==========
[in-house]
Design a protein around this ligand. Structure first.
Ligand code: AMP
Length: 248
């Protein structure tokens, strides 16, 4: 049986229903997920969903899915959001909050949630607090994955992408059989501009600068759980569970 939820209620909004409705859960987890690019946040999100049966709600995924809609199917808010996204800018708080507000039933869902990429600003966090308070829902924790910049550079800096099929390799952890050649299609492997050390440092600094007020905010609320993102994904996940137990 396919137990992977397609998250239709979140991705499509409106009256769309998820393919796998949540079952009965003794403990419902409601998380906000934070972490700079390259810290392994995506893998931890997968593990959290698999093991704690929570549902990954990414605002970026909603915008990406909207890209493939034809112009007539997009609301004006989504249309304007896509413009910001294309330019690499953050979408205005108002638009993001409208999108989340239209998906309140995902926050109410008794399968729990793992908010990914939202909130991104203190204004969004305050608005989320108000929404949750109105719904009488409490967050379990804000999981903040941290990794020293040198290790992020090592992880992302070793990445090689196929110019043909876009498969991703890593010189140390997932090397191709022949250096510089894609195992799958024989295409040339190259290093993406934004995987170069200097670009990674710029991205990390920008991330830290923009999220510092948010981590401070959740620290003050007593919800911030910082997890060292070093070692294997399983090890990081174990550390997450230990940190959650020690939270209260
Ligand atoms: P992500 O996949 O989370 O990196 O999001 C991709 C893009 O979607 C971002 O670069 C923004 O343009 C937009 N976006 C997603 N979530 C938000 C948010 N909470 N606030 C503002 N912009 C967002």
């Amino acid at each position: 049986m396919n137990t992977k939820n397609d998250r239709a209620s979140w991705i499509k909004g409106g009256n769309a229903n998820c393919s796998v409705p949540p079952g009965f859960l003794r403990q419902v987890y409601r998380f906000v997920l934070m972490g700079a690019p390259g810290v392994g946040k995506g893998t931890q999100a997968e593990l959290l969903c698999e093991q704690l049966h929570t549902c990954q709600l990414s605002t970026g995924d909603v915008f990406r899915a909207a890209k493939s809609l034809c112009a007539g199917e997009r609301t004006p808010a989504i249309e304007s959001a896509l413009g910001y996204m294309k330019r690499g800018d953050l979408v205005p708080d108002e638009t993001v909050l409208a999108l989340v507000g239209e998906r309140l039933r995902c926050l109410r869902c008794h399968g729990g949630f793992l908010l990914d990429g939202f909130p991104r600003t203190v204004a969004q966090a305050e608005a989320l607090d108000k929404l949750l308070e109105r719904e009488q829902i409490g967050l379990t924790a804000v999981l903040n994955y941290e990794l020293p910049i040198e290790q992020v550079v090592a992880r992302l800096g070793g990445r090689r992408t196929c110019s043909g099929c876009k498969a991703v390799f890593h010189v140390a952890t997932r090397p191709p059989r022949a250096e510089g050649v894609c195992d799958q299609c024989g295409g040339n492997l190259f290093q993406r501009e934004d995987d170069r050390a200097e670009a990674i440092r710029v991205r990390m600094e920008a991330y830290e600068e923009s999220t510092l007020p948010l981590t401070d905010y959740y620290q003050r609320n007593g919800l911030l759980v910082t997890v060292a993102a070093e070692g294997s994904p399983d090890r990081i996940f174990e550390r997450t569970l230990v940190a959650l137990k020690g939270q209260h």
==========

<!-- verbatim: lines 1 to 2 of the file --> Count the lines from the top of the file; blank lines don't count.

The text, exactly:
[in-house]
Design a protein around this ligand. Structure first.